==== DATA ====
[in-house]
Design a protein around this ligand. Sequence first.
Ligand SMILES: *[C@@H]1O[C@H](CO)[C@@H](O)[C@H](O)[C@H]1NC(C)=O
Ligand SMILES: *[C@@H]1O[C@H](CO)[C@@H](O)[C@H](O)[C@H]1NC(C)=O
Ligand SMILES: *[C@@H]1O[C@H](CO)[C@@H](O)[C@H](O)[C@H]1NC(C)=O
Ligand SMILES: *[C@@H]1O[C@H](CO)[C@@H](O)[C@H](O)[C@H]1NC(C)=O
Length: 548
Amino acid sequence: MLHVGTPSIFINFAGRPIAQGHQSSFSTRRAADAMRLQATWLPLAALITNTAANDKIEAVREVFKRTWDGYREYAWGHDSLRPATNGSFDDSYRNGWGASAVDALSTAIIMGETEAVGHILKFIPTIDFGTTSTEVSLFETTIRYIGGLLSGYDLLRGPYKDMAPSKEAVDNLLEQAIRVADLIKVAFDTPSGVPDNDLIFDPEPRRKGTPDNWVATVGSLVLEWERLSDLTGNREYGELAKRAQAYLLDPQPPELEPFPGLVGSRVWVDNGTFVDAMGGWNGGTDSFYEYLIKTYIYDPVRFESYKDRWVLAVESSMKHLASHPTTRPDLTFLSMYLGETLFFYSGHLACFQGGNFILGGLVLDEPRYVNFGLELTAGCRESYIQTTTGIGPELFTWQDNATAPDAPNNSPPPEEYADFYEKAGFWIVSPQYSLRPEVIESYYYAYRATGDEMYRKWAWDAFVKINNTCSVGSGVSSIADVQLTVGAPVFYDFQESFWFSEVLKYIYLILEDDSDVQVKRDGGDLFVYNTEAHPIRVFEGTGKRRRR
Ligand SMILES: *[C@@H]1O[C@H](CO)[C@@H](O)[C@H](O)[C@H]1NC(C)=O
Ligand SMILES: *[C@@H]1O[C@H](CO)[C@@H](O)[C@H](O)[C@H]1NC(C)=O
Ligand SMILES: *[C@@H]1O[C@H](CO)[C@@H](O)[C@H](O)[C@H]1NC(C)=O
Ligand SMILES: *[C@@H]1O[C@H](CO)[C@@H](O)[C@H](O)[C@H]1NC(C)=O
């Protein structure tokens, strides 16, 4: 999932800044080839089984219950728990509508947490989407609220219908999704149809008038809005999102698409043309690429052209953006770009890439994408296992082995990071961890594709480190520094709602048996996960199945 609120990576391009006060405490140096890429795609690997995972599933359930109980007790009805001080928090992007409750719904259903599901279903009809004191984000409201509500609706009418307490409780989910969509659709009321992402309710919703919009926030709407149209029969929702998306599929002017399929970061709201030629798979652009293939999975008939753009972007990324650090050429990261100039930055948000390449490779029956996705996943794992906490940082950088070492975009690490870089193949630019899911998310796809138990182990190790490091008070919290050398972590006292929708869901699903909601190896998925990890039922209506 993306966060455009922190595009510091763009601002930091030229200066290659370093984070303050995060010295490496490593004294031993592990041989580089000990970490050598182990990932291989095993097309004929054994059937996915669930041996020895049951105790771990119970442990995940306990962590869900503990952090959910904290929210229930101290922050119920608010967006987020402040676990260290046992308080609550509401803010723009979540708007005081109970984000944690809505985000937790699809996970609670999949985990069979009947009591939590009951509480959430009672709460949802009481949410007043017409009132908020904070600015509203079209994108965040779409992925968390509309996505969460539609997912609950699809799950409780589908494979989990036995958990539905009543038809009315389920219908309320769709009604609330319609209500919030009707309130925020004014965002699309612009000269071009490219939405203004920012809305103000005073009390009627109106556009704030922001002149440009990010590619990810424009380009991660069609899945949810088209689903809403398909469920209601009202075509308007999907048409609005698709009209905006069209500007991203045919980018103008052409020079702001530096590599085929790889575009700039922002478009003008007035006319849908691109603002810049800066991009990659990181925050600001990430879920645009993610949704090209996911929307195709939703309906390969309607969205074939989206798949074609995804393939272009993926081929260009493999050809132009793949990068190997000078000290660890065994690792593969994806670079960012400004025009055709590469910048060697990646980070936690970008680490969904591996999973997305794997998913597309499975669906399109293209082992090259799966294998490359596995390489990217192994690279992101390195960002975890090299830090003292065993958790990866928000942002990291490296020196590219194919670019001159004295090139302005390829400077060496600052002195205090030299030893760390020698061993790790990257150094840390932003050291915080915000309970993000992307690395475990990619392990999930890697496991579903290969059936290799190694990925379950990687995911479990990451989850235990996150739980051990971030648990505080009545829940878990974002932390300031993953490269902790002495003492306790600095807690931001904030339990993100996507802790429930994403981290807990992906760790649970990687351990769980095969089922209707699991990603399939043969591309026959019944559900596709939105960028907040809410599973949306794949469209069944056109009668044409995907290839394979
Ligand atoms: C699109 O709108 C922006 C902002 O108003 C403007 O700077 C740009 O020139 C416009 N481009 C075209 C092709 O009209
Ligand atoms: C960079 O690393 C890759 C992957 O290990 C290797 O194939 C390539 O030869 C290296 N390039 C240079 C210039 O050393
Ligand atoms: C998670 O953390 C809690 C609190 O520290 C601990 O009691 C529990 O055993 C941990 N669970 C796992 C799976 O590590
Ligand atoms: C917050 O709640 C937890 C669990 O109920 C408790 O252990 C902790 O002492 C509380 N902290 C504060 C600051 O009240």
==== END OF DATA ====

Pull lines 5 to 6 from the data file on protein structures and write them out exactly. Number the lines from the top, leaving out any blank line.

Ligand SMILES: *[C@@H]1O[C@H](CO)[C@@H](O)[C@H](O)[C@H]1NC(C)=O
Ligand SMILES: *[C@@H]1O[C@H](CO)[C@@H](O)[C@H](O)[C@H]1NC(C)=O